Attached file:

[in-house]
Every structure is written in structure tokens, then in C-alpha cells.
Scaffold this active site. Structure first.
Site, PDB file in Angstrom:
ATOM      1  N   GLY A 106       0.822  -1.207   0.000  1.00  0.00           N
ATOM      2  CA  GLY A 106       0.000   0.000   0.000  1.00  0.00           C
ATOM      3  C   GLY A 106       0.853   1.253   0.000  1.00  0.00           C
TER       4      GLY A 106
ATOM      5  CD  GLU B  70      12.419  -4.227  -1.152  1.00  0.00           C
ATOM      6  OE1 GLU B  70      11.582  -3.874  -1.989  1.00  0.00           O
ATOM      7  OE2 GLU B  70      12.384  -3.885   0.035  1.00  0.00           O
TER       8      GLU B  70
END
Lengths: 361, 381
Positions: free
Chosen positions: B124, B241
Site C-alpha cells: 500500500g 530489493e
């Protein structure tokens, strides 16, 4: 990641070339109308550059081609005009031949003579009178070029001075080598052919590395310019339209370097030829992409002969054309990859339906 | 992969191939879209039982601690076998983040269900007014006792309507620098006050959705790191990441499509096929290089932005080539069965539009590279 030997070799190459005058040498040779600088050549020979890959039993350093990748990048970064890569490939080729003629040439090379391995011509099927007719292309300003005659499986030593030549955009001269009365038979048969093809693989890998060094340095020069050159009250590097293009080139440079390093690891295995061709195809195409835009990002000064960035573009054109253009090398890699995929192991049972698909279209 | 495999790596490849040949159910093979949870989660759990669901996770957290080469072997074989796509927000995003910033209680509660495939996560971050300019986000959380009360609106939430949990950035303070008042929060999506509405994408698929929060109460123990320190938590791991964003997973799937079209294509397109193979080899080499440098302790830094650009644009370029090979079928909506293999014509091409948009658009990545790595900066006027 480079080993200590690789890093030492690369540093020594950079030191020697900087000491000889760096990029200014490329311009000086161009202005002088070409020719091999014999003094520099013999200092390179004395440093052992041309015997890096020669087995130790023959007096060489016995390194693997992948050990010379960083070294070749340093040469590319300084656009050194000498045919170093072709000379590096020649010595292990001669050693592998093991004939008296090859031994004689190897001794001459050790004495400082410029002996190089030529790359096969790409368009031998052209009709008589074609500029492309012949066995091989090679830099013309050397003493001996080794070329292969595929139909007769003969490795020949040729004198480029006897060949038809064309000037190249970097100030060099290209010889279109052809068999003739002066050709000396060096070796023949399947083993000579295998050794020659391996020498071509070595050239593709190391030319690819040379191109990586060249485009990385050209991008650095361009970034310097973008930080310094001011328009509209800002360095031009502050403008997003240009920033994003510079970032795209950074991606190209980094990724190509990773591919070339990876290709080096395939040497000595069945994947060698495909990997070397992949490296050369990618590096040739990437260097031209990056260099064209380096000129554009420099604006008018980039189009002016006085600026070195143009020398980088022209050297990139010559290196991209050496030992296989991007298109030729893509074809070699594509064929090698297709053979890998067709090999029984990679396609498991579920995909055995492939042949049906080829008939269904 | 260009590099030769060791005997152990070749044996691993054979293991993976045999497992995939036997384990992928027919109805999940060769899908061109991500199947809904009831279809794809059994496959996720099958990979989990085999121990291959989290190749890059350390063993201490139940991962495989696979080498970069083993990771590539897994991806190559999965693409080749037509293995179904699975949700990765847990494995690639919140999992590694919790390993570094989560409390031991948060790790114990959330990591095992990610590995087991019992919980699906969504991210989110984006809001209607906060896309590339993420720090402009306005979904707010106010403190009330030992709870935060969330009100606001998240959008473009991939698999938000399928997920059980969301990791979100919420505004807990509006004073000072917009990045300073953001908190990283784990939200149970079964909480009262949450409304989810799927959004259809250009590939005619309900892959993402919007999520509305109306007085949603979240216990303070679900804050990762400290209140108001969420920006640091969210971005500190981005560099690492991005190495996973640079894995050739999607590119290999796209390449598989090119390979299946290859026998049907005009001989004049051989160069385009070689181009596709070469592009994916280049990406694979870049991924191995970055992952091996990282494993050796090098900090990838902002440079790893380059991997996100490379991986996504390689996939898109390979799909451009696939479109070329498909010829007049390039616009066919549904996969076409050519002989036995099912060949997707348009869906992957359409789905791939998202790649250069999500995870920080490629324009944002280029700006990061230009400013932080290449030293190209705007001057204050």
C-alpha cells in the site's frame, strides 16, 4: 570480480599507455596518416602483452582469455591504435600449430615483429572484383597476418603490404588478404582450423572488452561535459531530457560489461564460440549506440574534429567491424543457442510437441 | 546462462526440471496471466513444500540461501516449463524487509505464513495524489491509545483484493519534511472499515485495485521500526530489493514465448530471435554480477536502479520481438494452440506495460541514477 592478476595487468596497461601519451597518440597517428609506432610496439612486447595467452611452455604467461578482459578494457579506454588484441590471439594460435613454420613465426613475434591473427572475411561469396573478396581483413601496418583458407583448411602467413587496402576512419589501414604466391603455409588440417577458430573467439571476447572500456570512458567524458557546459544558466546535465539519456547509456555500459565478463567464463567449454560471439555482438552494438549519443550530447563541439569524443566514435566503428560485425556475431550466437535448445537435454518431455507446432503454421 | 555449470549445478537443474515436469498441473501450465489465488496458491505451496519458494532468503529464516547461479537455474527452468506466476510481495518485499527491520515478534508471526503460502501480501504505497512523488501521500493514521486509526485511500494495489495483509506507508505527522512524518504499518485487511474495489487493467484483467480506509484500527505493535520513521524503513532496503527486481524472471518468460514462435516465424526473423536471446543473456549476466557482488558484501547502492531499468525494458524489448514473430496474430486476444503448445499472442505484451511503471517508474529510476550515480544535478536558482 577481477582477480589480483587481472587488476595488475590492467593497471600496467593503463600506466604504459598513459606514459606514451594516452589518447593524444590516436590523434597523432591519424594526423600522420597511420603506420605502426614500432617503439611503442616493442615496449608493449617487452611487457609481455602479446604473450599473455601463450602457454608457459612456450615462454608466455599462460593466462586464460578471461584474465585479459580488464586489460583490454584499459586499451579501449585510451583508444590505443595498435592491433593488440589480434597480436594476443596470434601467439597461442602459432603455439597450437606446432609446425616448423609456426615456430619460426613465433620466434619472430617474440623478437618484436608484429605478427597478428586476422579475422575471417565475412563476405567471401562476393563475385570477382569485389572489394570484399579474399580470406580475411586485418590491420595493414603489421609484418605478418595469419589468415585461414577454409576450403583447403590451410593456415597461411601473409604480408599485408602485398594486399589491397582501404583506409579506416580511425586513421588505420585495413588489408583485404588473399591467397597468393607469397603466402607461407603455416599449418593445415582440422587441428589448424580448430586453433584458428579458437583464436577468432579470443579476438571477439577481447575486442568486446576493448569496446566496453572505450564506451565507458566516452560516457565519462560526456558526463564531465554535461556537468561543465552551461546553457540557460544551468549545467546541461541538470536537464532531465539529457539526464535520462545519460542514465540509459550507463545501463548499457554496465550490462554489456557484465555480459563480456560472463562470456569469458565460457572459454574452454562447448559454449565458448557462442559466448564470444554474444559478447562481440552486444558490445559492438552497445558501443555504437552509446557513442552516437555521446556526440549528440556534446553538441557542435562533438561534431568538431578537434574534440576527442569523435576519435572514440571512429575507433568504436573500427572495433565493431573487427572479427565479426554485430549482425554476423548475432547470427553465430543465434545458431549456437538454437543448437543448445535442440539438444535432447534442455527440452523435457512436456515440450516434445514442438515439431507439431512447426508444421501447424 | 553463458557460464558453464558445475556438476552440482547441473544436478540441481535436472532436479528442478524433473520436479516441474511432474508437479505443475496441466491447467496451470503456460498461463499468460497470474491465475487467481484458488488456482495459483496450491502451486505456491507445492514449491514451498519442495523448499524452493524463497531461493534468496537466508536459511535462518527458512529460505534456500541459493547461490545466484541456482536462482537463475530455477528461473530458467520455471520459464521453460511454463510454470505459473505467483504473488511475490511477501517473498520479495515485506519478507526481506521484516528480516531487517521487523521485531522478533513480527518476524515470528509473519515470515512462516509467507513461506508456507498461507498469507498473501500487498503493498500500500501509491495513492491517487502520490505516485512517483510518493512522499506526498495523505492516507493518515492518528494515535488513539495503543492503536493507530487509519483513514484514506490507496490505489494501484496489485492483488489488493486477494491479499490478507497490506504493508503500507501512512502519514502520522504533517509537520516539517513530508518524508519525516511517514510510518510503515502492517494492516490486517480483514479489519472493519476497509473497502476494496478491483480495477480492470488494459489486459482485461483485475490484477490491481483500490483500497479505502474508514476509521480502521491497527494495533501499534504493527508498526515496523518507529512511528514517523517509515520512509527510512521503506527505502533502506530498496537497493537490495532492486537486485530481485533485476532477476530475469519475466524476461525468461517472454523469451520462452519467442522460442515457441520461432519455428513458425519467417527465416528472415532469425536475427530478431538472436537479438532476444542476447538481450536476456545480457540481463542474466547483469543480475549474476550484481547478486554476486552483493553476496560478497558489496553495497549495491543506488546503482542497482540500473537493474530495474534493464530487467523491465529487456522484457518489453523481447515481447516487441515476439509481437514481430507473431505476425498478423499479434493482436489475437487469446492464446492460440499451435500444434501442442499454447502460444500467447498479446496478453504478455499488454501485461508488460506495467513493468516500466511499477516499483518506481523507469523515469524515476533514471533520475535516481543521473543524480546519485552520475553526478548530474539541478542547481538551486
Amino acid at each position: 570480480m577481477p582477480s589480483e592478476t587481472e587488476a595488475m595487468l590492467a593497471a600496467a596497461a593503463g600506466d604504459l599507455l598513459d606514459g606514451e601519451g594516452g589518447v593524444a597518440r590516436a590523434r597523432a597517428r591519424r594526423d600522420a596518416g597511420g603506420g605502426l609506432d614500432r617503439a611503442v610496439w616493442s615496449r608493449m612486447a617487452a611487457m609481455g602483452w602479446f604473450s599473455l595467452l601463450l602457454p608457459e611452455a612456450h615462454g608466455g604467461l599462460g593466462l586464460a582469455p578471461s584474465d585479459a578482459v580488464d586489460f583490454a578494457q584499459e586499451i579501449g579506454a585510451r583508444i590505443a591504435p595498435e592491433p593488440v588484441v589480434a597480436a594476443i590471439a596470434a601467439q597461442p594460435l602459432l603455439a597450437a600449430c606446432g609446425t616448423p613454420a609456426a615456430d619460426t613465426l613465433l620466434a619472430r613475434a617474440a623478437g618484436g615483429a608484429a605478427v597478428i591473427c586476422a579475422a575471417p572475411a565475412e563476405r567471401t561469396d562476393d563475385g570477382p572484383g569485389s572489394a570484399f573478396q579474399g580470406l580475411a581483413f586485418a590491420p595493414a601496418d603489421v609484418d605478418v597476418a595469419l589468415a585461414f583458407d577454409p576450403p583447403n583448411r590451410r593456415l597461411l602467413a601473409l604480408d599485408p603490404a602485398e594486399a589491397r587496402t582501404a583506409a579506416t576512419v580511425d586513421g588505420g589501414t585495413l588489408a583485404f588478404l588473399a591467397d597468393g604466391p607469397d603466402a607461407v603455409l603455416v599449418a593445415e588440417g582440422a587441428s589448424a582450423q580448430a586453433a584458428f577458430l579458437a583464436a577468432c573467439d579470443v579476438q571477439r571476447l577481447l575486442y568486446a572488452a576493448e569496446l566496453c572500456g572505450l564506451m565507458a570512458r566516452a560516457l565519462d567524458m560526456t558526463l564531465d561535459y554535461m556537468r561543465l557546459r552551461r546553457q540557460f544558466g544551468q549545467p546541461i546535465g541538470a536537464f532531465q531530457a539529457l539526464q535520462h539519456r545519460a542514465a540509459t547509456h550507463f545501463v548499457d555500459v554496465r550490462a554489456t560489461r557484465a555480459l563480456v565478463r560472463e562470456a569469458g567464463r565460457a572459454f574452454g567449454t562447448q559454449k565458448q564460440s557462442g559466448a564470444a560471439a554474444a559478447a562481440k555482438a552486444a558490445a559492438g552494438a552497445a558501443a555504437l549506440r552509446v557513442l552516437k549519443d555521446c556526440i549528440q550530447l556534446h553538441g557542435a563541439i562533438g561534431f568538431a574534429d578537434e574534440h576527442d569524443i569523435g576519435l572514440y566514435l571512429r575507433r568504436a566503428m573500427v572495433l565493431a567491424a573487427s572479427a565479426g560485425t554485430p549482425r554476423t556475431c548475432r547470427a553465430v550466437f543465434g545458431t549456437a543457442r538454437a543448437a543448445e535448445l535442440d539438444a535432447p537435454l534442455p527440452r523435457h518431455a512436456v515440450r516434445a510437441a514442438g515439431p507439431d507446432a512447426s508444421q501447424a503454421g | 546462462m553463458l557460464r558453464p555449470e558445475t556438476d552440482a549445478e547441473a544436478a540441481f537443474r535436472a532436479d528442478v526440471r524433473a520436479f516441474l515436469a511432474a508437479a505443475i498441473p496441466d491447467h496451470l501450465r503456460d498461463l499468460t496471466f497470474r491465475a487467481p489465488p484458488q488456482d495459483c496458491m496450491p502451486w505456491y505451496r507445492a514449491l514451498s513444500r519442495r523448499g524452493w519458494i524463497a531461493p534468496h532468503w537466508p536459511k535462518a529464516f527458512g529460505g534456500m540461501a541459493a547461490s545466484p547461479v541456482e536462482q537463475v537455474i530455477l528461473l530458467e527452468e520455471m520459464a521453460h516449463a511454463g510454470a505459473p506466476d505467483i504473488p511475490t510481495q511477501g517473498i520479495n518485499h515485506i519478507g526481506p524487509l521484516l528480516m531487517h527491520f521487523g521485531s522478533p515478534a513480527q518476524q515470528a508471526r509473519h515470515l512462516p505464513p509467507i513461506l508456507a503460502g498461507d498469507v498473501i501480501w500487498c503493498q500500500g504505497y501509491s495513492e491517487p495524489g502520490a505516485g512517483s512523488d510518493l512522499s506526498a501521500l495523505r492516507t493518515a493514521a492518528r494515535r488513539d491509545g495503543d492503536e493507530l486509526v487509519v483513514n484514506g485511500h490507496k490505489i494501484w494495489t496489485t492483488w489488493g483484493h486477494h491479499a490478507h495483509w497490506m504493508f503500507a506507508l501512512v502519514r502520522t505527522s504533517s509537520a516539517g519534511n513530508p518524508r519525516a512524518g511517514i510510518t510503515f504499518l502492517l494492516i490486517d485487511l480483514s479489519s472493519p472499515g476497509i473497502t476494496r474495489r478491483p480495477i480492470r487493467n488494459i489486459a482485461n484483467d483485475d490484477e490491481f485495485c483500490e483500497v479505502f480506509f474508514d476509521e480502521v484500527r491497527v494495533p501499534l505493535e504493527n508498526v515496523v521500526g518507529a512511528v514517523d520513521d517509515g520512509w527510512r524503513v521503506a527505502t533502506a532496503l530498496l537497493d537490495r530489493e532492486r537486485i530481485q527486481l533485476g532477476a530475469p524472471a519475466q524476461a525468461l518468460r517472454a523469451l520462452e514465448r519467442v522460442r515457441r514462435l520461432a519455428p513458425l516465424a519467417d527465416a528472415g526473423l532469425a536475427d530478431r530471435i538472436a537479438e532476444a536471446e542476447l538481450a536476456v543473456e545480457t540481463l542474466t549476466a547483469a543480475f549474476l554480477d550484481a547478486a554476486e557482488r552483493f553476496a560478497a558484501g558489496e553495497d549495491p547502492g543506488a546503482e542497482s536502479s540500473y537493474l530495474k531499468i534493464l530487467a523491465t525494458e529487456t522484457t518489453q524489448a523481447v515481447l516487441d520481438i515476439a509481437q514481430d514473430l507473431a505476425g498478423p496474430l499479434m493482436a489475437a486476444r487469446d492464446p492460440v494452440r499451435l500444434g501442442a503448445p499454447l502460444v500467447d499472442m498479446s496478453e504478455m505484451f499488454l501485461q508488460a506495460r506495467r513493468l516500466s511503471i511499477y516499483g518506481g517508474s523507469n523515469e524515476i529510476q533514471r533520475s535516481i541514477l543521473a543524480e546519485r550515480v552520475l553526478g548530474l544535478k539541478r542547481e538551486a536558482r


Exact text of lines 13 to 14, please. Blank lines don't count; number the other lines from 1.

END
Lengths: 361, 381